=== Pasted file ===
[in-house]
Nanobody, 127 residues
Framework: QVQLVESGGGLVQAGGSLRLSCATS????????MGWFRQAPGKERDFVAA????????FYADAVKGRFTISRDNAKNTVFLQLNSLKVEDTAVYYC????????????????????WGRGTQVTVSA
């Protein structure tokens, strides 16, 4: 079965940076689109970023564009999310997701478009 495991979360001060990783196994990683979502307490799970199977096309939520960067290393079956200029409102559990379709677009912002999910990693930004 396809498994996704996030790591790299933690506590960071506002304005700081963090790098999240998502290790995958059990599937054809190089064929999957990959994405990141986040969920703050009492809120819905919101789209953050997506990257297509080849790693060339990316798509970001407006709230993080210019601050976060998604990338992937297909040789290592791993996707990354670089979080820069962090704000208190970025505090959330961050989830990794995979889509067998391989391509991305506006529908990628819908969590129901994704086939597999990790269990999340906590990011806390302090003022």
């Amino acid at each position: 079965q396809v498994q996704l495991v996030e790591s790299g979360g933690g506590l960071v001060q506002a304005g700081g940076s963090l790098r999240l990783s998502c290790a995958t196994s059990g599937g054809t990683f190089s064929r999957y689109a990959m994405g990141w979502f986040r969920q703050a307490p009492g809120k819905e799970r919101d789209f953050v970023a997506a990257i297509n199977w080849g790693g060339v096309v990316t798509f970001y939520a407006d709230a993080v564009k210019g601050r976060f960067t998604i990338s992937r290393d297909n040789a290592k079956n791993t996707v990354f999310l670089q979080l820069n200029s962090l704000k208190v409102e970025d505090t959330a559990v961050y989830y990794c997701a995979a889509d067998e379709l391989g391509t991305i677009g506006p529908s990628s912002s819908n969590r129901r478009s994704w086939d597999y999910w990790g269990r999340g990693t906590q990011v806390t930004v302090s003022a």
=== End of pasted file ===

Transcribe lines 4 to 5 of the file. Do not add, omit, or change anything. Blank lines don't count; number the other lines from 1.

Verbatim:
């Protein structure tokens, strides 16, 4: 079965940076689109970023564009999310997701478009 495991979360001060990783196994990683979502307490799970199977096309939520960067290393079956200029409102559990379709677009912002999910990693930004 396809498994996704996030790591790299933690506590960071506002304005700081963090790098999240998502290790995958059990599937054809190089064929999957990959994405990141986040969920703050009492809120819905919101789209953050997506990257297509080849790693060339990316798509970001407006709230993080210019601050976060998604990338992937297909040789290592791993996707990354670089979080820069962090704000208190970025505090959330961050989830990794995979889509067998391989391509991305506006529908990628819908969590129901994704086939597999990790269990999340906590990011806390302090003022």
């Amino acid at each position: 079965q396809v498994q996704l495991v996030e790591s790299g979360g933690g506590l960071v001060q506002a304005g700081g940076s963090l790098r999240l990783s998502c290790a995958t196994s059990g599937g054809t990683f190089s064929r999957y689109a990959m994405g990141w979502f986040r969920q703050a307490p009492g809120k819905e799970r919101d789209f953050v970023a997506a990257i297509n199977w080849g790693g060339v096309v990316t798509f970001y939520a407006d709230a993080v564009k210019g601050r976060f960067t998604i990338s992937r290393d297909n040789a290592k079956n791993t996707v990354f999310l670089q979080l820069n200029s962090l704000k208190v409102e970025d505090t959330a559990v961050y989830y990794c997701a995979a889509d067998e379709l391989g391509t991305i677009g506006p529908s990628s912002s819908n969590r129901r478009s994704w086939d597999y999910w990790g269990r999340g990693t906590q990011v806390t930004v302090s003022a």